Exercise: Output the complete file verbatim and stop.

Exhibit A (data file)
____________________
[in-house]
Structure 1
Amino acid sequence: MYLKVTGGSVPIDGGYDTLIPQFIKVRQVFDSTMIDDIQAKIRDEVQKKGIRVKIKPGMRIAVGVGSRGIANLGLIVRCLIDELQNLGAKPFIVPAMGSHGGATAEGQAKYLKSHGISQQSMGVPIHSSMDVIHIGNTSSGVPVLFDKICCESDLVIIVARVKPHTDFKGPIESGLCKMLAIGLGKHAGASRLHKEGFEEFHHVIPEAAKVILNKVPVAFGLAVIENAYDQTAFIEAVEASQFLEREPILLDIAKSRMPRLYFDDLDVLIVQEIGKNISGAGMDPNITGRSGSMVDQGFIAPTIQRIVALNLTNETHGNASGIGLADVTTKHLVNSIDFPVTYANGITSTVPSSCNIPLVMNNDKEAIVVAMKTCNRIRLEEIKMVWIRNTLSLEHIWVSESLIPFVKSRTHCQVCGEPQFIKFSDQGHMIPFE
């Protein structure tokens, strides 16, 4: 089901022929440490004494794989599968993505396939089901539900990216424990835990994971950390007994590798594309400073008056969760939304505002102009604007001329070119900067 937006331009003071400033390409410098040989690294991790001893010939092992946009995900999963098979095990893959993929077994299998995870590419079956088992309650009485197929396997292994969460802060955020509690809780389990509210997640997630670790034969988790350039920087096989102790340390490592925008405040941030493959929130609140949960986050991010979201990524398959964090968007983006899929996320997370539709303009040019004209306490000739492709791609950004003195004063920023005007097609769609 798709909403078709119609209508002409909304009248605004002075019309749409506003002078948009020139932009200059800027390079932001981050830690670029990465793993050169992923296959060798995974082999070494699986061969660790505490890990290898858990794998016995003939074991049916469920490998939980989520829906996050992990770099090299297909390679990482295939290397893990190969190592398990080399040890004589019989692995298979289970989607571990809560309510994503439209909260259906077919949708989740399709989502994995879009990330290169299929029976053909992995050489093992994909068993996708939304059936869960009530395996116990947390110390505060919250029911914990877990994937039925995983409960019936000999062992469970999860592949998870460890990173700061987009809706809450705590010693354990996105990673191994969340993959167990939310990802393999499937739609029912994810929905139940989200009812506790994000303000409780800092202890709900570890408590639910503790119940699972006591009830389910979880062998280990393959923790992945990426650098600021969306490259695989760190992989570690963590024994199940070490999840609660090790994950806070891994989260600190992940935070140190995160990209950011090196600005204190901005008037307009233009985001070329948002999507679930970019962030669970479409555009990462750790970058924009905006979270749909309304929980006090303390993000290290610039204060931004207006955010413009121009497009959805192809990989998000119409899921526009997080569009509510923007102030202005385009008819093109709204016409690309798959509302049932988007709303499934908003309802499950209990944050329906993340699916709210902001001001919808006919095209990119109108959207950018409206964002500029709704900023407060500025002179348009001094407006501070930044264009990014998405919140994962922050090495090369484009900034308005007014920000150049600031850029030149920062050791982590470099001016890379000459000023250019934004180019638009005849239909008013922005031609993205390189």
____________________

[in-house]
Structure 1
Amino acid sequence: MYLKVTGGSVPIDGGYDTLIPQFIKVRQVFDSTMIDDIQAKIRDEVQKKGIRVKIKPGMRIAVGVGSRGIANLGLIVRCLIDELQNLGAKPFIVPAMGSHGGATAEGQAKYLKSHGISQQSMGVPIHSSMDVIHIGNTSSGVPVLFDKICCESDLVIIVARVKPHTDFKGPIESGLCKMLAIGLGKHAGASRLHKEGFEEFHHVIPEAAKVILNKVPVAFGLAVIENAYDQTAFIEAVEASQFLEREPILLDIAKSRMPRLYFDDLDVLIVQEIGKNISGAGMDPNITGRSGSMVDQGFIAPTIQRIVALNLTNETHGNASGIGLADVTTKHLVNSIDFPVTYANGITSTVPSSCNIPLVMNNDKEAIVVAMKTCNRIRLEEIKMVWIRNTLSLEHIWVSESLIPFVKSRTHCQVCGEPQFIKFSDQGHMIPFE
């Protein structure tokens, strides 16, 4: 089901022929440490004494794989599968993505396939089901539900990216424990835990994971950390007994590798594309400073008056969760939304505002102009604007001329070119900067 937006331009003071400033390409410098040989690294991790001893010939092992946009995900999963098979095990893959993929077994299998995870590419079956088992309650009485197929396997292994969460802060955020509690809780389990509210997640997630670790034969988790350039920087096989102790340390490592925008405040941030493959929130609140949960986050991010979201990524398959964090968007983006899929996320997370539709303009040019004209306490000739492709791609950004003195004063920023005007097609769609 798709909403078709119609209508002409909304009248605004002075019309749409506003002078948009020139932009200059800027390079932001981050830690670029990465793993050169992923296959060798995974082999070494699986061969660790505490890990290898858990794998016995003939074991049916469920490998939980989520829906996050992990770099090299297909390679990482295939290397893990190969190592398990080399040890004589019989692995298979289970989607571990809560309510994503439209909260259906077919949708989740399709989502994995879009990330290169299929029976053909992995050489093992994909068993996708939304059936869960009530395996116990947390110390505060919250029911914990877990994937039925995983409960019936000999062992469970999860592949998870460890990173700061987009809706809450705590010693354990996105990673191994969340993959167990939310990802393999499937739609029912994810929905139940989200009812506790994000303000409780800092202890709900570890408590639910503790119940699972006591009830389910979880062998280990393959923790992945990426650098600021969306490259695989760190992989570690963590024994199940070490999840609660090790994950806070891994989260600190992940935070140190995160990209950011090196600005204190901005008037307009233009985001070329948002999507679930970019962030669970479409555009990462750790970058924009905006979270749909309304929980006090303390993000290290610039204060931004207006955010413009121009497009959805192809990989998000119409899921526009997080569009509510923007102030202005385009008819093109709204016409690309798959509302049932988007709303499934908003309802499950209990944050329906993340699916709210902001001001919808006919095209990119109108959207950018409206964002500029709704900023407060500025002179348009001094407006501070930044264009990014998405919140994962922050090495090369484009900034308005007014920000150049600031850029030149920062050791982590470099001016890379000459000023250019934004180019638009005849239909008013922005031609993205390189």